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http://dx.doi.org/10.1152/ajpregu.00322.2019DOI Listing
September 2020

Chronic type 2 but not type 1 diabetes impairs myocardial ischaemic tolerance and preconditioning in C57Bl/6 mice.

Exp Physiol 2019 12 22;104(12):1868-1880. Epub 2019 Oct 22.

School of Medical Science, Griffith University Gold Coast, Southport, Queensland, 4217, Australia.

New Findings: • What is the central question of this study? What is the impact of chronic adult-onset diabetes on cardiac ischaemic outcomes and preconditioning? • What is the main finding and its importance? Chronic adult-onset type 2 but not type 1 diabetes significantly impairs myocardial ischaemic tolerance and ischaemic preconditioning. Preconditioning may be detrimental in type 2 diabetes, exaggerating nitrosative stress and apoptotic protein expression.

Abstract: Effects of diabetes on myocardial responses to ischaemia-reperfusion (I-R) and cardioprotective stimuli remain contentious, potentially reflecting influences of disease duration and time of onset. Chronic adult-onset type 1 diabetes (T1D) and type 2 diabetes (T2D) were modelled non-genetically in male C57Bl/6 mice via 5 × 50 mg kg daily streptozotocin (STZ) injections + 12 weeks' standard chow or 1 × 75 mg kg STZ injection + 12 weeks' obesogenic diet (32% calories as fat, 57% carbohydrate, 11% protein), respectively. Systemic outcomes were assessed and myocardial responses to I-R ± ischaemic preconditioning (IPC; 3 × 5 min I-R) determined in Langendorff perfused hearts. Uncontrolled T1D was characterised by pronounced hyperglycaemia (25 mm fasting glucose), glucose intolerance and ∼10% body weight loss, whereas T2D mice exhibited moderate hyperglycaemia (15 mm), hyperinsulinaemia, glucose intolerance and 17% weight gain. Circulating ghrelin, resistin and noradrenaline were unchanged with T1D, while leptin increased and noradrenaline declined in T2D mice. Ischaemic tolerance and IPC were preserved in T1D hearts. In contrast, T2D worsened post-ischaemic function (∼40% greater diastolic and contractile dysfunction) and cell death (100% higher troponin efflux), and abolished IPC protection. Whereas IPC reduced post-ischaemic nitrotyrosine and pro-apoptotic Bak and Bax levels in non-diabetic hearts, these effects were reduced in T1D and IPC augmented Bax and nitrosylation in T2D hearts. The data demonstrate chronic T1D does not inhibit myocardial I-R tolerance or IPC, whereas metabolic and endocrine disruption in T2D is associated with ischaemic intolerance and inhibition of IPC. Indeed, normally protective IPC may exaggerate damage mechanisms in T2D hearts.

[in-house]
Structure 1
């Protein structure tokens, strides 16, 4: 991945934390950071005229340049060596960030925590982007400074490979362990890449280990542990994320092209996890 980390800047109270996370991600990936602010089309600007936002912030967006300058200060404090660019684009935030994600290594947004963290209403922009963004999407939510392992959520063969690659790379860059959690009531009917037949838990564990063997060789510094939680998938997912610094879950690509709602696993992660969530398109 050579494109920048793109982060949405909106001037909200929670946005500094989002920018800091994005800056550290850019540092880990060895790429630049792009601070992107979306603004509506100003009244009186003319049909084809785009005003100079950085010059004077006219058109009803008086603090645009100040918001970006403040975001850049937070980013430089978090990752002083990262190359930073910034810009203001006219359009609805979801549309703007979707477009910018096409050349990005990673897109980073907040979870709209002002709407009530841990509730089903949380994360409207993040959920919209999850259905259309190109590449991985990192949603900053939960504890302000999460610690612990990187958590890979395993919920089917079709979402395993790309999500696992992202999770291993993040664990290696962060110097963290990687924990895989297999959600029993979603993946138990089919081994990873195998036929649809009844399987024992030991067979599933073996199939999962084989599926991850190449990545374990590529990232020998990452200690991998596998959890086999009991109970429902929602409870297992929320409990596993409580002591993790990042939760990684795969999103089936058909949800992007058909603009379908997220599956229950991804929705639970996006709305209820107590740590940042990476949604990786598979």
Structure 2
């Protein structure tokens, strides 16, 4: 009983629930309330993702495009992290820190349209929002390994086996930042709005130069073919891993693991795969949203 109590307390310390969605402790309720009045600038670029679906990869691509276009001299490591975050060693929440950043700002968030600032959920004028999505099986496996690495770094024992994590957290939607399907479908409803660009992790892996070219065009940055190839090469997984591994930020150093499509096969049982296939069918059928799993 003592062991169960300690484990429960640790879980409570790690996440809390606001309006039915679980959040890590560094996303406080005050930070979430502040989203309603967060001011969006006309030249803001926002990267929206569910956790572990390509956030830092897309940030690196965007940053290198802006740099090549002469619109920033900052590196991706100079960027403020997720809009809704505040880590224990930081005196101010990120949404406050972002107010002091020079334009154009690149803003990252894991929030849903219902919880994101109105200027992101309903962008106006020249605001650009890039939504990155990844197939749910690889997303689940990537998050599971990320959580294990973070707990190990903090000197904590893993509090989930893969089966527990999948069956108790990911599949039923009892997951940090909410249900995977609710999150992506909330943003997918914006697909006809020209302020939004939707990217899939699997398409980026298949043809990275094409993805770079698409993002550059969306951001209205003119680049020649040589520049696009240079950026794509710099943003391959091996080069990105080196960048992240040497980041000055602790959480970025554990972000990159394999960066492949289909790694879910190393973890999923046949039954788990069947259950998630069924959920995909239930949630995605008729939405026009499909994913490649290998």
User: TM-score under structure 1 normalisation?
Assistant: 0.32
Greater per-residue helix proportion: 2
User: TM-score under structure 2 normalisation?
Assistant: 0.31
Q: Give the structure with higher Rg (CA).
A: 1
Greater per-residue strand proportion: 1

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http://dx.doi.org/10.1113/EP088024DOI Listing
December 2019